A spooky and adventurous welcome to the Blog Tour for Legends of Lost Causes, and then specifically the newest book: The Key of Skeleton Peak! This series is written by Brad McLelland and Louis Sylvester.
What do I have for you in today’s Blog Tour? The prologue to the book, a giveaway (US only), and book (plus links to the other two books)/author information!
Miguel on the Mountain Route
For eighty-five days, Miguel Herrera rode on Chantico’s weary back.
He knew the count well; using his special bone-handled knife, he’d been scoring the days into his saddle since embarking from eastern Kansas. His riding companion let him keep the big knife, provided he be a “good boy.”
Miguel wore his hat pulled low and his blue bandana high to keep the swirling frost off his cheeks. He traveled in silence, following the small man through the shallow foothills of western Kansas Territory and into the Rocky Mountains. Bitter winds colder than the worst Missouri winter blew down the canyon passes. Miguel felt as if his fingers would turn to icicles despite his thick gloves.
“These storms will keep curious eyes out of the canyons where we’re headed,” his companion said. With the heavy snow flurries threatening to bury them, the Mountain Route they were climbing portended avalanches and impassable ice walls.
When he was a little kid, Miguel’s mother had told him frightful bedtime stories about Shifters and fantasmas, but she had never told him tales about unnatural weather. Miguel knew well the cruelty of a hard winter, but this was something different, something fiendish and calculating. Perhaps he was seeing what his old Spanish Bible had called los últimos días, or the last days. Pray when you see fearful things, his mother had once said. Make the Sign of the Cross, Miguel, and your faith will spare you.
But Miguel felt no such salvation.
Peering up at the white peaks rising high on each side, Miguel marveled at the size of the Rockies. Having once roamed across the southern rise of the Appalachians in Alabama with his amigo Frank Bishop, he’d thought he knew mountains, but these peaks towered with such majesty that they seemed to scrape the sky itself.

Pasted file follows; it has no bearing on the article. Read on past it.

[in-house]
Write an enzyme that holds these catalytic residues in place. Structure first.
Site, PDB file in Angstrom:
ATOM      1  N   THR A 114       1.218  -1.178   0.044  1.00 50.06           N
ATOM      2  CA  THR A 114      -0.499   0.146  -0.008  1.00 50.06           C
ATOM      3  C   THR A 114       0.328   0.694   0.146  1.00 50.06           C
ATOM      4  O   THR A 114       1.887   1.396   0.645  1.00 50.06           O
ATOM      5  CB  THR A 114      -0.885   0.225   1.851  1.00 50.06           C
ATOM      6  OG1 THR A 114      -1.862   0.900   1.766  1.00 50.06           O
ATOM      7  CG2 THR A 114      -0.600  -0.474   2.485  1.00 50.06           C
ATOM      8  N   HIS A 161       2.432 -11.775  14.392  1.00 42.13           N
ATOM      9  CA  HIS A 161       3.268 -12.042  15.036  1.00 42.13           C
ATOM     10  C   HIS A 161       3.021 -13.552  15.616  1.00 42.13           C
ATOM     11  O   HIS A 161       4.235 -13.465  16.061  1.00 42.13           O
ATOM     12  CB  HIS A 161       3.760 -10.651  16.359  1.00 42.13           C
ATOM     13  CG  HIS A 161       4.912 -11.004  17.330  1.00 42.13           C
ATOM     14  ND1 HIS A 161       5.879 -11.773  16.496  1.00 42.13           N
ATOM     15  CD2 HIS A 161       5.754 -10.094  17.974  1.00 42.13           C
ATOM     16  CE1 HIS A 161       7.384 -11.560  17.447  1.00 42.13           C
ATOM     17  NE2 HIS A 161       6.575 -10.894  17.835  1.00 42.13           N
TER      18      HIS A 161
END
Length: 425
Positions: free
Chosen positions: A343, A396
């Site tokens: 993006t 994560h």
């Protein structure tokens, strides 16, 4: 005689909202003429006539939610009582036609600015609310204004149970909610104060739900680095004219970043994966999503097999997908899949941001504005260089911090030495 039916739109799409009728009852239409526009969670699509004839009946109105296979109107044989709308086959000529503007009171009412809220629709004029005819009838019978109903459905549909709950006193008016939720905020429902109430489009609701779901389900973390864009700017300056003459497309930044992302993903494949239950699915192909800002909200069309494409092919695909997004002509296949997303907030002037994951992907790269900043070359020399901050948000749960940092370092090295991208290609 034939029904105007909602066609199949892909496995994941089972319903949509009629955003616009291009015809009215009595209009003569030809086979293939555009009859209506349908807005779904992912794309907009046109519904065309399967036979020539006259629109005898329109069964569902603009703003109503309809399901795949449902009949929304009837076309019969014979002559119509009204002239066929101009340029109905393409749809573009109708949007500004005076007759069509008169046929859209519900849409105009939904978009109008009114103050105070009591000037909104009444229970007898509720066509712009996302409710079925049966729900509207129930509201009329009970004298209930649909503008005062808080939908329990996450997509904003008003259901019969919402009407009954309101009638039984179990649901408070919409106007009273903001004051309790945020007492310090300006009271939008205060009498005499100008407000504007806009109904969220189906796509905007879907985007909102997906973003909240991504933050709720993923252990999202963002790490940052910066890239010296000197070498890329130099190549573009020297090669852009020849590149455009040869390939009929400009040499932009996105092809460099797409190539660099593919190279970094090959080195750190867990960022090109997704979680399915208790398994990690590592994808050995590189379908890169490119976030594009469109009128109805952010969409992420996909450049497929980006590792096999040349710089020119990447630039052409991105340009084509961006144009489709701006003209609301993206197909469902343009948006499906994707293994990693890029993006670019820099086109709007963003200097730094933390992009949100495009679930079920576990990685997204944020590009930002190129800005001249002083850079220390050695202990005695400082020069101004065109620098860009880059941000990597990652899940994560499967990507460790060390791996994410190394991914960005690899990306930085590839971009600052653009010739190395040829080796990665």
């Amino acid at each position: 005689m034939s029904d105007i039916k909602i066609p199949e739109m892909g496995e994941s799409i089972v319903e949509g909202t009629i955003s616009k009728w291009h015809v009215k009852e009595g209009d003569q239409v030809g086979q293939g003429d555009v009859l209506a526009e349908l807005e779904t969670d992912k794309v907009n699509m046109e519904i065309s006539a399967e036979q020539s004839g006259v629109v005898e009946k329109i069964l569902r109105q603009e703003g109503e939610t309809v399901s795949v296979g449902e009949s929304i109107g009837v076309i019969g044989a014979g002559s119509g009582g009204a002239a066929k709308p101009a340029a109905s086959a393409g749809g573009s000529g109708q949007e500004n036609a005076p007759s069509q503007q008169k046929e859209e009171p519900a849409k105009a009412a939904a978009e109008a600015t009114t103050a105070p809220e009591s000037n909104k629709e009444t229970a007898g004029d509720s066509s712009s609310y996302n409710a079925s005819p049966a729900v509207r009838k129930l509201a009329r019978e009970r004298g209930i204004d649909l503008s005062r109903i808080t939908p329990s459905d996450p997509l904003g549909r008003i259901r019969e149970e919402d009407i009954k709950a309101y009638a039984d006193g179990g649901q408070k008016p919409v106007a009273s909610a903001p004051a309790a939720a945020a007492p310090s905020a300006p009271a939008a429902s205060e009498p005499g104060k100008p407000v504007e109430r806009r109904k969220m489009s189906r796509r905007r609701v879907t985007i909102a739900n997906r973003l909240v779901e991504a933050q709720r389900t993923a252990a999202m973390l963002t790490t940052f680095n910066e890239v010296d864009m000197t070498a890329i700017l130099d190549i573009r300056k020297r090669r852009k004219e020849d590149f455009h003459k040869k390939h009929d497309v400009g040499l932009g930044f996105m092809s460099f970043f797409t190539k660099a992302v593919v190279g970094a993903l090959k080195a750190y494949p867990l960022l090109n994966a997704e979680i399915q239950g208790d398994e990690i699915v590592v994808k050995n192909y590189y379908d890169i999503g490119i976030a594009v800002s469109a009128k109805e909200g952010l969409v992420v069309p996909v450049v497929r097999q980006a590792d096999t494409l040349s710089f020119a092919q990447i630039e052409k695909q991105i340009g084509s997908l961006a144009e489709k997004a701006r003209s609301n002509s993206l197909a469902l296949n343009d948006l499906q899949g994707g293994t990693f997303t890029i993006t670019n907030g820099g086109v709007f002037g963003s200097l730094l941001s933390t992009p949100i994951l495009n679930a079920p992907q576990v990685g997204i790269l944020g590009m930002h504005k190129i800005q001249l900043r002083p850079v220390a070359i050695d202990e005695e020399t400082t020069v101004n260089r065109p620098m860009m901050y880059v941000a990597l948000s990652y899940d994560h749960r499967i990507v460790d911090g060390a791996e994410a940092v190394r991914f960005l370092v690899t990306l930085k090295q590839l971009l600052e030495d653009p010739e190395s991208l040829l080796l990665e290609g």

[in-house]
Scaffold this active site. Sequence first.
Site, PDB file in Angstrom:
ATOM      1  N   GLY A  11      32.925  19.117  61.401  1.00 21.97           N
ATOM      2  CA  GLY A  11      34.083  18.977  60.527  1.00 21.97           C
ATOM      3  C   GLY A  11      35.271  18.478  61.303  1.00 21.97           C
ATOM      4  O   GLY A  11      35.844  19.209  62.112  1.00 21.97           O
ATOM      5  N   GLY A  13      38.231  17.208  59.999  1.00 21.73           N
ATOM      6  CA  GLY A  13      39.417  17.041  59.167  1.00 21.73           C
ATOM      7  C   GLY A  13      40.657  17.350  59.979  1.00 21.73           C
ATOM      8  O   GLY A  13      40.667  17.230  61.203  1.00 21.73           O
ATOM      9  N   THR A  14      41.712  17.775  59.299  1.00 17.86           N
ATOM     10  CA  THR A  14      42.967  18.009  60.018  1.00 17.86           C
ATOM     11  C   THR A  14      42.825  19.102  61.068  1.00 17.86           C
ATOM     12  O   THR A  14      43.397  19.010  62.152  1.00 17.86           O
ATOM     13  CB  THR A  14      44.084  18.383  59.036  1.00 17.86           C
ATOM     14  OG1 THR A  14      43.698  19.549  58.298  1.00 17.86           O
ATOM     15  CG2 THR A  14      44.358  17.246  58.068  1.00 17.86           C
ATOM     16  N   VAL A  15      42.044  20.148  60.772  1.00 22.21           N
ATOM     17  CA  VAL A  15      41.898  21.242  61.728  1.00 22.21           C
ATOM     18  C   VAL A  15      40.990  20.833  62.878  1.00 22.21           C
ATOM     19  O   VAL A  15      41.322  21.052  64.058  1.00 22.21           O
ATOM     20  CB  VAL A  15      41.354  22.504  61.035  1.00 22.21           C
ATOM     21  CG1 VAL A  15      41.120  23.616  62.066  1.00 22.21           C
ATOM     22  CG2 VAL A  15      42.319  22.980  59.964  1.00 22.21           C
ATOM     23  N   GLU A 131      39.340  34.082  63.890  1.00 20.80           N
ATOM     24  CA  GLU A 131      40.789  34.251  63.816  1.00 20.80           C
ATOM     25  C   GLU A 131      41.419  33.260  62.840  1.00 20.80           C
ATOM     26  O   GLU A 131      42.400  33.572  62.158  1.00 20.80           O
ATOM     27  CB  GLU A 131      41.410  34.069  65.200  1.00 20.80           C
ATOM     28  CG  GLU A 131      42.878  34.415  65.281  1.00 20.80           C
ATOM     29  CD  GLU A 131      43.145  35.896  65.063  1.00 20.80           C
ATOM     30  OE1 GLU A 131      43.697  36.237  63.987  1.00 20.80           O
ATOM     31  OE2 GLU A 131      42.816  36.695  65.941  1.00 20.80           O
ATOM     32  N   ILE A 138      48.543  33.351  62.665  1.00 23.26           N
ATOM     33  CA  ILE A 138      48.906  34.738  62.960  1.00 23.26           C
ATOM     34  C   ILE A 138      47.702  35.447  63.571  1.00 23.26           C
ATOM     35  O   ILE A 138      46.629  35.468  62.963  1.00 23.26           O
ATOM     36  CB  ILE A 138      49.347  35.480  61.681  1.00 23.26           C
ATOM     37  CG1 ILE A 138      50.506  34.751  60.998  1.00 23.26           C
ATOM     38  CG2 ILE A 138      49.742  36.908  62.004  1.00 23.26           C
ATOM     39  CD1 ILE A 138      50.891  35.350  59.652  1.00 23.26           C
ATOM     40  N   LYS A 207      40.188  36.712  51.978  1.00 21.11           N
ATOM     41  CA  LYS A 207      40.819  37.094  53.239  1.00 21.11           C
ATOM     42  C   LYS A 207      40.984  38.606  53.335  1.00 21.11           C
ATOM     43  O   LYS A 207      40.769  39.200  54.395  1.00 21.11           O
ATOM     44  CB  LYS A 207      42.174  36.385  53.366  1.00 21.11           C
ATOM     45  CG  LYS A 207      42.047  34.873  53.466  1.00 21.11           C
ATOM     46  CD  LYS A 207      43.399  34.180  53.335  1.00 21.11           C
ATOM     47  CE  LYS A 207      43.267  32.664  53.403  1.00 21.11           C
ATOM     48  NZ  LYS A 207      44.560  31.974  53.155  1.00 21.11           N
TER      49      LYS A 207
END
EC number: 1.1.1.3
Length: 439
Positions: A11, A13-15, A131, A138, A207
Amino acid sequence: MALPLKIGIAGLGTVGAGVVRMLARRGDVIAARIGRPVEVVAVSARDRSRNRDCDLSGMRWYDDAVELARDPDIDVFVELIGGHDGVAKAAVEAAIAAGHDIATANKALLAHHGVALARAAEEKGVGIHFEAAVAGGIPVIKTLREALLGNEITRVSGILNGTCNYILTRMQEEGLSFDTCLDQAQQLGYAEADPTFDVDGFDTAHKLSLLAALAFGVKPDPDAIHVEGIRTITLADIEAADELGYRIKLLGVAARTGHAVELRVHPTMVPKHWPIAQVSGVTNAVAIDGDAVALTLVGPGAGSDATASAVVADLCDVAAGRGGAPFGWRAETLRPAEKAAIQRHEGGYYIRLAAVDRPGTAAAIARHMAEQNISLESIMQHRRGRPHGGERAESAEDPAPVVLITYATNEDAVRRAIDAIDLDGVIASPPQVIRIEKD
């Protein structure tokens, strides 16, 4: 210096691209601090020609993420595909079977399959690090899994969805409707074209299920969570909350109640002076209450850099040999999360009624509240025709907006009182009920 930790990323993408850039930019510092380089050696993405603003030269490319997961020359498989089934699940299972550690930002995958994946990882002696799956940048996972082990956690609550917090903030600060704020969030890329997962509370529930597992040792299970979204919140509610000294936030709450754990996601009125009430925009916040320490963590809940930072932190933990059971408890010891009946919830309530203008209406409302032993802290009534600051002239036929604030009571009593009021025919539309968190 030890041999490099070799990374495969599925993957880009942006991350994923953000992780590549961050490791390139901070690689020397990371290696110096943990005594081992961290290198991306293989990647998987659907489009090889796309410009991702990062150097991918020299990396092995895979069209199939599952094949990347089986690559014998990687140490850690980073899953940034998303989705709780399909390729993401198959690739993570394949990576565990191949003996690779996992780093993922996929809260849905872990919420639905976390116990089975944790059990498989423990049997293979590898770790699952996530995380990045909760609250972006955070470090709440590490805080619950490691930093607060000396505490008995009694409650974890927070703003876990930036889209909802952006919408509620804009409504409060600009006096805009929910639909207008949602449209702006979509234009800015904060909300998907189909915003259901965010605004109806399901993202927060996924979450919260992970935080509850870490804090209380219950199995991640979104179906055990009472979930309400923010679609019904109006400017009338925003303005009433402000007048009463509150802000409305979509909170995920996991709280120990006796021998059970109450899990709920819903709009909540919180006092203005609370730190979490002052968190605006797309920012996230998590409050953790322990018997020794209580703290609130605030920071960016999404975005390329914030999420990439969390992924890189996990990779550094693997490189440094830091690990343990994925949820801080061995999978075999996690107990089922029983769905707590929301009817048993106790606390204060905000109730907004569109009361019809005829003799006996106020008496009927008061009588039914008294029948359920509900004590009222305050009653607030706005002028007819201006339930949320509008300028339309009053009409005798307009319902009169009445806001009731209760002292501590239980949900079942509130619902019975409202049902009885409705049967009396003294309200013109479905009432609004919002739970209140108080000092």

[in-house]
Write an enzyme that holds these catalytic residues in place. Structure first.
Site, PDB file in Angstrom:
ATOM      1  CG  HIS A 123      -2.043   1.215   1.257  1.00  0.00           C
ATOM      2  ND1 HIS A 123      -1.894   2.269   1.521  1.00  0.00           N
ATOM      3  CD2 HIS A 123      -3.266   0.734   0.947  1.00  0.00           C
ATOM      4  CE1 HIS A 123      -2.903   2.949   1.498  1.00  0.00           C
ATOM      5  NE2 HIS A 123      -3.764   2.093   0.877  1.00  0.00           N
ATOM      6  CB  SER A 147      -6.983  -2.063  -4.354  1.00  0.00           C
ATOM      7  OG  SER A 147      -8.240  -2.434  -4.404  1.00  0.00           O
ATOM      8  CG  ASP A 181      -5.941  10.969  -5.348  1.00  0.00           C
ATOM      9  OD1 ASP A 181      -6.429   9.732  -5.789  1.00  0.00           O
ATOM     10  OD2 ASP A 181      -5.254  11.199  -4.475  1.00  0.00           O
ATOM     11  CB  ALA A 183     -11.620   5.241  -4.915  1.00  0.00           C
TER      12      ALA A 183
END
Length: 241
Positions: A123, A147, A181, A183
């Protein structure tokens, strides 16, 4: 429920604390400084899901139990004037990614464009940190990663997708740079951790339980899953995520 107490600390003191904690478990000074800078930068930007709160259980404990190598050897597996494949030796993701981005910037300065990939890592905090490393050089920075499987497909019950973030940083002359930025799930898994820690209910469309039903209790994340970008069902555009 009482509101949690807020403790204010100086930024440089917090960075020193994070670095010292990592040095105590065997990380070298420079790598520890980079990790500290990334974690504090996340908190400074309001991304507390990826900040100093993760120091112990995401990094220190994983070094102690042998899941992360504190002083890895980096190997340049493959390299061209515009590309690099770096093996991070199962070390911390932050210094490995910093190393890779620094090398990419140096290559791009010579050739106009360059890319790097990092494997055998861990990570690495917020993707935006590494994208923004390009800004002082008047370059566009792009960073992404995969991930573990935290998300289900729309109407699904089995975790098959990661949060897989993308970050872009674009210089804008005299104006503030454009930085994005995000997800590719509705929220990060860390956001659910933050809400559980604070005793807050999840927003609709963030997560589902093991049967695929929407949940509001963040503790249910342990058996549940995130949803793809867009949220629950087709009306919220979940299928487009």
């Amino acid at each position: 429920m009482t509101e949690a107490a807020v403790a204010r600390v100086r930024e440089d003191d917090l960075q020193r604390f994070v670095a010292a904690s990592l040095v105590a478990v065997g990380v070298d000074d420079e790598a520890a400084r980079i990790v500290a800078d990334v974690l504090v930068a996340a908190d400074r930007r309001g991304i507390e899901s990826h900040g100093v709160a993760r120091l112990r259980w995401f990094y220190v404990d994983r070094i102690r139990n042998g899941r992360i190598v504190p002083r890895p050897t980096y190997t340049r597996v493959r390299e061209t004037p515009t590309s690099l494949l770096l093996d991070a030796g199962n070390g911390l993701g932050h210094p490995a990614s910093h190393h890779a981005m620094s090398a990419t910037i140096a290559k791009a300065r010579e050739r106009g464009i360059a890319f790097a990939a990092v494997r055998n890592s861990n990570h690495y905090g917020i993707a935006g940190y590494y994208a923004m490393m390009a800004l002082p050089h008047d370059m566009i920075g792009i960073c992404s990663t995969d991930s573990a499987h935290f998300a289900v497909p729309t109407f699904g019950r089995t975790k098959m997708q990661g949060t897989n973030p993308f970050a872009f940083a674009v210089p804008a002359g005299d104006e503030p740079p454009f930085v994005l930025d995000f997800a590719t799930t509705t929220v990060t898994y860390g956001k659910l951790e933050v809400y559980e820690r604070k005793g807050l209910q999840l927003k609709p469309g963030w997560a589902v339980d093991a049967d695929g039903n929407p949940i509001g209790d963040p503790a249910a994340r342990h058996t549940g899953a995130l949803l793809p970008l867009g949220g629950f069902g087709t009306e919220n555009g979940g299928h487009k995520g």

As the horses lumbered up the snow-choked path, Miguel’s callous chaperone pointed. “Let’s stop for the night in that clearing.”
Reining Chantico to a halt, Miguel dismounted.
The small man hopped off his own pony, a knock-kneed gelding he had rustled from a lonely farmer in December. “Fetch us some supper. We still have a few days before we reach the Peak, and our beans and bacon are mostly gone.”
Miguel moved off into the woods to search for small game. He scanned the drift for prints, watching for signs of a passing rabbit. He kept his long blade in hand. In Missouri, Bishop had said it was a magical blade that would someday kill “the Eye.”
Not long after, the one-eyed Bad Whiskey Nelson, El Ojo, had killed Bishop in an Arkansas prison. Miguel thought he’d discovered the knife’s intended target, but when he thrust it into El Ojo’s chest at Bone Ridge Cemetery, the blade did nothing. Only the silver charms and the Reverend Rose’s devil birds were able to stop the fiend once and for all.
But now Miguel had new plans for the knife. Once he found his opportunity, he would rid the world of his vicious traveling partner.
After fetching a jackrabbit for grub, Miguel fed and watered the two ponies. He muttered kind words to his palomino, asking forgiveness for riding her so hard.
“Enough messing around with those nags. Fetch my saddlebag.” After brushing away snow to clear a spot, the small man leaned against a fallen cottonwood tree. He peeled off his ragged hat, revealing a mangy tonsure of gray hair. “Then build up a fire. My feet are cold.”
The stolen gelding carried a few saddlebags, but Miguel knew his captor desired a special bundle tucked inside a small leather pouch. Miguel unhooked the bag and carried it over. “Here,” he muttered, setting the bag in the fellow’s hands.
The man pulled the bag close. “Here . . . what?”
Miguel clenched his teeth. “Here, sir.”
“That’s better. Now, since you and I have become old pals, go ahead and speak my name.” The man’s satisfied grin melted into a malignant frown. “I insist.”
Miguel had no desire to speak his captor’s name. He preferred to think of his infernal companion as el diablito, small in stature but possessed by evil. He had first met the desperado in Arkansas, locked inside a cárcel called Barrenpoint, the accursed prison where El Ojo had killed Frank Bishop. Even then the small man had forced terrible orders upon Miguel. Yet he knew better than to resist a direct command. “Coward,” Miguel said. “Your name’s Coward.”
“Good boy, Cutter. Now get that fire built.” Coward turned his attention to the bag on his lap, shooing Miguel away with a dismissive wave.
Snow-frosted firs crowded the surrounding hills, and powdery drifts blanketed the ground. Miguel stomped through brittle, knee-high brush, hunting for wood dry enough to serve as tinder. He emptied the firewood into a pile, placed a few stones in a circle inside the clearing, and set about laying their campfire.